PESHAWAR, Pakistan – The family of the Pakistani doctor sentenced to 33 years in prison for helping the United States track down Osama bin Laden said Monday the man is innocent and dismissed his trial as a sham.
The conviction of Shakil Afridi last week added another pressure point in Pakistan's already fractured relationship with the U.S. Senior American officials have urged Pakistan to release the doctor, regarding him as a hero who worked to stop the terrorist leader. Islamabad views Afridi as a traitor who colluded with a foreign intelligence agency in an illegal operation on Pakistani soil.
Also Monday, two suspected U.S. missile strikes pounded militant hide-outs in a tribal region close to Afghan border, killing nine alleged insurgents, officials said. There have been five such attacks this week. The strikes have also raised tensions between the U.S. and Pakistan.
Afridi ran a vaccination campaign on behalf of the CIA to collect blood samples of bin Laden's family at a compound in Abbottabad where U.S. commandos killed the al-Qaida leader in May 2011. The samples were intended to help the U.S. match the family's DNA to verify his presence in the garrison city.
Afridi's older brother Jamil and two lawyers representing the doctor said at a news conference in the frontier city of Peshawar that they will appeal the verdict, which was handed down last week in a tribal court whose proceedings were never made public.
"This was a one-sided decision," said Jamil. "All allegations against him are false. He didn't do anything against the national interest."
Afridi was tried under the Frontier Crimes Regulations, the set of laws that govern Pakistan's semiautonomous tribal region. The FCR doesn't allow suspects to have legal representation, present material evidence or cross-examine witnesses. Verdicts are handled by a government official in consultation with a council of elders, instead of by a judge.
The raid by American commandos infuriated Pakistani officials who were not told ahead of time or of the CIA operation in their country to track him down. Afridi was arrested in the weeks after the raid. He was convicted and sentenced last week for conspiring against the state.
The lawyers said authorities have not given them documents related to the case, including a copy of the verdict.
Afridi's brother said the doctor had an American visa and pointed out that he stayed in Pakistan after the bin Laden raid for 20 days, and didn't leave the country.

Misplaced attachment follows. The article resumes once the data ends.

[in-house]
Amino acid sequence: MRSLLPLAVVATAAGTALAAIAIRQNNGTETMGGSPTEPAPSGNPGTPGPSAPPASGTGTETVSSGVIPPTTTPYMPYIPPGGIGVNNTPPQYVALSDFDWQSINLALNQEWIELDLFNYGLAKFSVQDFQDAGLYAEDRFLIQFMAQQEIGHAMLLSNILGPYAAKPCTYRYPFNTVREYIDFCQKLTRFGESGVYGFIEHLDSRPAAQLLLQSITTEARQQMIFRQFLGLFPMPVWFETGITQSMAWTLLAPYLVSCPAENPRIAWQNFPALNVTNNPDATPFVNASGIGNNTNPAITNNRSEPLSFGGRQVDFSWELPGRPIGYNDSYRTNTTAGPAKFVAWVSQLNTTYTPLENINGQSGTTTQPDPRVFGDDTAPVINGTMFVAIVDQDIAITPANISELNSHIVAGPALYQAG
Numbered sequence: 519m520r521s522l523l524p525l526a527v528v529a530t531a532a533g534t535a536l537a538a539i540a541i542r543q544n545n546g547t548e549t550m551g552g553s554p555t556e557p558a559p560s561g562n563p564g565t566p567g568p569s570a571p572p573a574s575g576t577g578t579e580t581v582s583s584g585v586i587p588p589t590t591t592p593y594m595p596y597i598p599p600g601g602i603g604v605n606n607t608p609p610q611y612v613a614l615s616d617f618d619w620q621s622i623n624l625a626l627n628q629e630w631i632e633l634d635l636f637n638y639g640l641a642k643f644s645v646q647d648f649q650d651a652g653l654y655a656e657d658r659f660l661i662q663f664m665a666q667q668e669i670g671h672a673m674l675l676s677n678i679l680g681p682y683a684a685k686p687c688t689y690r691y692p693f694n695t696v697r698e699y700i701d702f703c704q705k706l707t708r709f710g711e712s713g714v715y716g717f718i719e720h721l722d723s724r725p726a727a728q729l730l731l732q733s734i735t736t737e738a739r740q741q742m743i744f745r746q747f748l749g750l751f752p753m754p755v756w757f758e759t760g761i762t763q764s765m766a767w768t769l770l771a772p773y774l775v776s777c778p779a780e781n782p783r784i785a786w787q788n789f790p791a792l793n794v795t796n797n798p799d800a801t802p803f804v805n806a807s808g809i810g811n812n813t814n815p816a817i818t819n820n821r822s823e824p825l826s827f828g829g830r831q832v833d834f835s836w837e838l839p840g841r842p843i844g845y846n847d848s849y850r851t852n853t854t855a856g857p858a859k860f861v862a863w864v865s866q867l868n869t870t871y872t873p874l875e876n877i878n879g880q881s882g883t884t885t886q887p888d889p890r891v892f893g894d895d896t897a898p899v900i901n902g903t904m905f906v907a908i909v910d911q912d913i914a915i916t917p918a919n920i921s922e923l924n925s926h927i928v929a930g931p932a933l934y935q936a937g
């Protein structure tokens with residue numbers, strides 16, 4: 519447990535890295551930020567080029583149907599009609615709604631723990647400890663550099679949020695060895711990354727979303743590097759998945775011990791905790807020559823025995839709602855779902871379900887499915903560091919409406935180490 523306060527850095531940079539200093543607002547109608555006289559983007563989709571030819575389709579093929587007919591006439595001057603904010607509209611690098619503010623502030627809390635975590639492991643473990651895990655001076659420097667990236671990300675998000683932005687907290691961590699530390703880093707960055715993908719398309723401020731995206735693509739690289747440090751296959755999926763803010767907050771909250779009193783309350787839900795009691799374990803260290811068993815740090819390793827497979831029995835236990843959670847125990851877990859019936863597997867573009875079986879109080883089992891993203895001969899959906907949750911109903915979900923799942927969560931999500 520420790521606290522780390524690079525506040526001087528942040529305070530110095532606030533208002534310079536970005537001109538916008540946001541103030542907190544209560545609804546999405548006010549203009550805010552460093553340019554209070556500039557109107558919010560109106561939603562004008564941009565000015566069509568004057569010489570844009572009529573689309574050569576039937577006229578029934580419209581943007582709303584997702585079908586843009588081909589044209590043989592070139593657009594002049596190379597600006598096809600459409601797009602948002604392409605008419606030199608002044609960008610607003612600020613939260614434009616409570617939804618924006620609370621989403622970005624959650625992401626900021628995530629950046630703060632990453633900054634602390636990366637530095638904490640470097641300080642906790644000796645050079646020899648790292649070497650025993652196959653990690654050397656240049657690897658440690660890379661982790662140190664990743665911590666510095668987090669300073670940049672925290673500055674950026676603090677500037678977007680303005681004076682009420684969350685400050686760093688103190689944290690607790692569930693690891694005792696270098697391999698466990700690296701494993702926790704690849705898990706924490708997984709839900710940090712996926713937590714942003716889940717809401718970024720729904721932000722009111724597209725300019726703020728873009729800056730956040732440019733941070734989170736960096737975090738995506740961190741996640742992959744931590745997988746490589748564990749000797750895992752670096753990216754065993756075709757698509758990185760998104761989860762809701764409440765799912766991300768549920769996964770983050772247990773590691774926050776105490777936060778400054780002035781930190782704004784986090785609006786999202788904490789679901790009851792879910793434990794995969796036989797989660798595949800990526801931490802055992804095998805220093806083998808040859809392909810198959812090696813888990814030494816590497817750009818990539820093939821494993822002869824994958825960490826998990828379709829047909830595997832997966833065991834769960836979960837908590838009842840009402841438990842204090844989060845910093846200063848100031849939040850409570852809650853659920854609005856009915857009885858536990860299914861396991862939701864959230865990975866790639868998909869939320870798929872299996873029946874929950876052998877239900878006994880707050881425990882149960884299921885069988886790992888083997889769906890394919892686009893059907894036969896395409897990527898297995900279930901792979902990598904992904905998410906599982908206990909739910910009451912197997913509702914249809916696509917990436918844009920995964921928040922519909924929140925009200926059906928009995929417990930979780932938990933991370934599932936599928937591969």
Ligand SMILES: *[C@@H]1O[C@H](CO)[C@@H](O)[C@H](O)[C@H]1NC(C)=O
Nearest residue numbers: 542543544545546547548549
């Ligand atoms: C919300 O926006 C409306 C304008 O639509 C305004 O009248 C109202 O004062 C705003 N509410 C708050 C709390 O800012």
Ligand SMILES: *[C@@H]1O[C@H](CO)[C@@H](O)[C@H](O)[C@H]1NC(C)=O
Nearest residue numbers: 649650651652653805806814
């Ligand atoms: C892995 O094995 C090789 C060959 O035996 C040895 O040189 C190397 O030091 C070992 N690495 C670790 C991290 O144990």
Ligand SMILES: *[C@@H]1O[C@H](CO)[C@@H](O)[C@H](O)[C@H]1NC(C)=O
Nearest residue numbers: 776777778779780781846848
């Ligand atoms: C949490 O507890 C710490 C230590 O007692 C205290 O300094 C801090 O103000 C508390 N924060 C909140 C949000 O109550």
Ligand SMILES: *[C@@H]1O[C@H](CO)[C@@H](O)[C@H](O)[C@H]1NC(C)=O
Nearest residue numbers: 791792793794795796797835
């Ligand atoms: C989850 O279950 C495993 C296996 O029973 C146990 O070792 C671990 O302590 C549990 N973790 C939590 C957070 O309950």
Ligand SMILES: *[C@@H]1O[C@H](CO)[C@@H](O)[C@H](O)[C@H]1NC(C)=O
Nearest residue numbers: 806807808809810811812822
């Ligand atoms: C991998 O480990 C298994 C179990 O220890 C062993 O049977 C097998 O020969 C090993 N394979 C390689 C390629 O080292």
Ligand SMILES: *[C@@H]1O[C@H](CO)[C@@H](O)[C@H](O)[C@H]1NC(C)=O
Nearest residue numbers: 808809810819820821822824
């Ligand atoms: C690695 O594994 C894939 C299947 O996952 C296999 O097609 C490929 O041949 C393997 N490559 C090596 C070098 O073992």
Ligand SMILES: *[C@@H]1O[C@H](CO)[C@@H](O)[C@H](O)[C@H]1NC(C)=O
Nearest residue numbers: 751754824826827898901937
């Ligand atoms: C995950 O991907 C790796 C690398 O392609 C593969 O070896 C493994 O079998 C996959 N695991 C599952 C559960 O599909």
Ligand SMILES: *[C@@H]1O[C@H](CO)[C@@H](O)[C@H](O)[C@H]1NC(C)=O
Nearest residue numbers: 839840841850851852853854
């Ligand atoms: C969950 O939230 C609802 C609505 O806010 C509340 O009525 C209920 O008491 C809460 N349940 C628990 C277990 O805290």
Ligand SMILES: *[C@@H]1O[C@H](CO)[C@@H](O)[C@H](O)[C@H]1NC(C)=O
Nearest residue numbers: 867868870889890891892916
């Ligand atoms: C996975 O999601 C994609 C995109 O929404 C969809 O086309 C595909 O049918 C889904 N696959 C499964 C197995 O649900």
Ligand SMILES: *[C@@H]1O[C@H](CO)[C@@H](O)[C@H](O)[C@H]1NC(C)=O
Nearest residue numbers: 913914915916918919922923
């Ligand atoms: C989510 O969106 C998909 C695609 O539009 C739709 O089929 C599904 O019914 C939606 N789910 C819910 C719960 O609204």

"Had he been guilty, he would have escaped," Jamil Afridi said.
He did not comment on whether he thought his brother should have helped the U.S.
The case puts the family in a delicate situation. Anti-American sentiment is widespread in Pakistan, and people who are viewed as supporting the U.S. or working for Washington are sometimes targeted by militants, especially in the tribal areas.
In his first comments on Afridi's conviction, Pakistani Prime Minister Yousuf Raza Gilani called Afridi's actions a "serious offense" but said he had the right to a fair trial.
"His deed is not good," Gilani said in an interview with Pakistani Geo News TV. "His deed is a serious offense," Gilani said, but Afridi should have an access to the judicial process.
U.S. Defense Secretary Leon Panetta on Sunday criticized Pakistan over Afridi's conviction and sentencing, calling it "disturbing."
U.S.-Pakistani relations plummeted to new lows in November, when American airstrikes inadvertently killed 24 Pakistani soldiers, prompting Islamabad to block U.S. and NATO supply lines into Afghanistan.
Pakistan has demanded an apology over the raid and an end to drone strikes against militants along the Afghan border as a precursor to reopening the supply lines.
The U.S. has shown no sign of stopping the covert CIA attacks, which have picked up pace this week after a lull for most of the year.
In the latest attack Monday, a pair of suspected U.S. missiles hit a compound and a vehicle in Datta Khel in North Waziristan, less than 24 hours after another such strike late Sunday had killed five suspected Islamist militants in the same tribal region, Pakistani intelligence officials said. They spoke on condition of anonymity because they were not authorized to talk to reporters.
The identities of the dead were not known, but the region is home to al-Qaida militants and insurgents fighting in Afghanistan and Pakistan.
Associated Press Writers Rasool Dawar in Peshawar, and Asif Shahzad and Rebecca Santana in Islamabad contributed to this report.